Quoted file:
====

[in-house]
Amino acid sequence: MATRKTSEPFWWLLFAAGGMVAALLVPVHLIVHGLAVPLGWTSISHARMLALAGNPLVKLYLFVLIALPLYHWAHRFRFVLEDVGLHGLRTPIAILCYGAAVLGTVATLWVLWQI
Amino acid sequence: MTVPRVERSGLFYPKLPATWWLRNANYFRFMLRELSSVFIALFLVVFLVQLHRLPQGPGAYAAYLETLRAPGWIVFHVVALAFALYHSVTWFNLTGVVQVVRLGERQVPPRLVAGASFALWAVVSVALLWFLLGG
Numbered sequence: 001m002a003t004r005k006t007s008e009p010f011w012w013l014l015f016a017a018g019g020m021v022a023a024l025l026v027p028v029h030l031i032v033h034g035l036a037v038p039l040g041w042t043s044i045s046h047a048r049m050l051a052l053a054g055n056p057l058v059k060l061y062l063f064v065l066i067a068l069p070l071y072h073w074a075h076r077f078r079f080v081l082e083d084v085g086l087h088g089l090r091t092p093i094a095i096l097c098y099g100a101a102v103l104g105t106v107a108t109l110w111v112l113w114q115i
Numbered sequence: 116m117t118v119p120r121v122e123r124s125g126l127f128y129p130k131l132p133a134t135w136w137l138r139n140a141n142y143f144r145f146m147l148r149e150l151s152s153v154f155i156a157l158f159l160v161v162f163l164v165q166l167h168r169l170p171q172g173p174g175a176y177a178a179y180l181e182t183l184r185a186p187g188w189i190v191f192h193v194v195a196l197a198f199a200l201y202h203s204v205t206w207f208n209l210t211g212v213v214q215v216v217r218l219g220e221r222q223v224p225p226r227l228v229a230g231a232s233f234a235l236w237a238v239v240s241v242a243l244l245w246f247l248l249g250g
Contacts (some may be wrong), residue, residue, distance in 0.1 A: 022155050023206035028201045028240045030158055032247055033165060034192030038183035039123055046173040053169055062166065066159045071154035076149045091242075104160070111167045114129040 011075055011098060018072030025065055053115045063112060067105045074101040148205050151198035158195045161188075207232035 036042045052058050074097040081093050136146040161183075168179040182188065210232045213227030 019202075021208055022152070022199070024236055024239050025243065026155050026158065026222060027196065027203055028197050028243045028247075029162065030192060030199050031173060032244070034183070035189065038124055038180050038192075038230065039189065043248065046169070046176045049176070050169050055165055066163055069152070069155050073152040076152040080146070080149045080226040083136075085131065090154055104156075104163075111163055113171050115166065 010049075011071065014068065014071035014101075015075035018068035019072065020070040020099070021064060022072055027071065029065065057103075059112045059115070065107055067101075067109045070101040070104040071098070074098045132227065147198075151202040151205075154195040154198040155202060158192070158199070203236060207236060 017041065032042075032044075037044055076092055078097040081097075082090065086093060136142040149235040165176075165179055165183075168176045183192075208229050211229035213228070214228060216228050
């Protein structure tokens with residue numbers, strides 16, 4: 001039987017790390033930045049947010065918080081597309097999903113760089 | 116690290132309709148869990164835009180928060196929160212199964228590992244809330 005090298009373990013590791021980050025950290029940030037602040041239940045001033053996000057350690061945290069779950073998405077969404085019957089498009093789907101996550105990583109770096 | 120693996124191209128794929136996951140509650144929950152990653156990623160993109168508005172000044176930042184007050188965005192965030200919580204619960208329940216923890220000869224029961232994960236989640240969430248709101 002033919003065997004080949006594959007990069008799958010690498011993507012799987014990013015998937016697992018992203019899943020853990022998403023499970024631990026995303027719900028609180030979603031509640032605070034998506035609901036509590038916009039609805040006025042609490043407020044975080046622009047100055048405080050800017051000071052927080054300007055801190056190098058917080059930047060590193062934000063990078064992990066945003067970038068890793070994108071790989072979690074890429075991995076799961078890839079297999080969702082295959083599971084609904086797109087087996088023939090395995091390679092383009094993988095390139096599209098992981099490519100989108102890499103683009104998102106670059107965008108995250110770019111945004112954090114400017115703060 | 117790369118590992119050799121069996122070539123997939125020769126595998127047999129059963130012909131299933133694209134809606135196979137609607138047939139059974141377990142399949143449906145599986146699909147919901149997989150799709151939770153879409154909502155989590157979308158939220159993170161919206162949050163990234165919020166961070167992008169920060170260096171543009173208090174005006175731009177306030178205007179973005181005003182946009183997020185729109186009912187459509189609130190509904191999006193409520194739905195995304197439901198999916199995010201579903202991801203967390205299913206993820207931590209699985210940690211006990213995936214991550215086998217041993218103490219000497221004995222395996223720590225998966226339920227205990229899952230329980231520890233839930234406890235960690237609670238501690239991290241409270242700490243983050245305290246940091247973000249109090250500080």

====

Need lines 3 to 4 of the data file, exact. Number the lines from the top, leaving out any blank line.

Amino acid sequence: MTVPRVERSGLFYPKLPATWWLRNANYFRFMLRELSSVFIALFLVVFLVQLHRLPQGPGAYAAYLETLRAPGWIVFHVVALAFALYHSVTWFNLTGVVQVVRLGERQVPPRLVAGASFALWAVVSVALLWFLLGG
Numbered sequence: 001m002a003t004r005k006t007s008e009p010f011w012w013l014l015f016a017a018g019g020m021v022a023a024l025l026v027p028v029h030l031i032v033h034g035l036a037v038p039l040g041w042t043s044i045s046h047a048r049m050l051a052l053a054g055n056p057l058v059k060l061y062l063f064v065l066i067a068l069p070l071y072h073w074a075h076r077f078r079f080v081l082e083d084v085g086l087h088g089l090r091t092p093i094a095i096l097c098y099g100a101a102v103l104g105t106v107a108t109l110w111v112l113w114q115i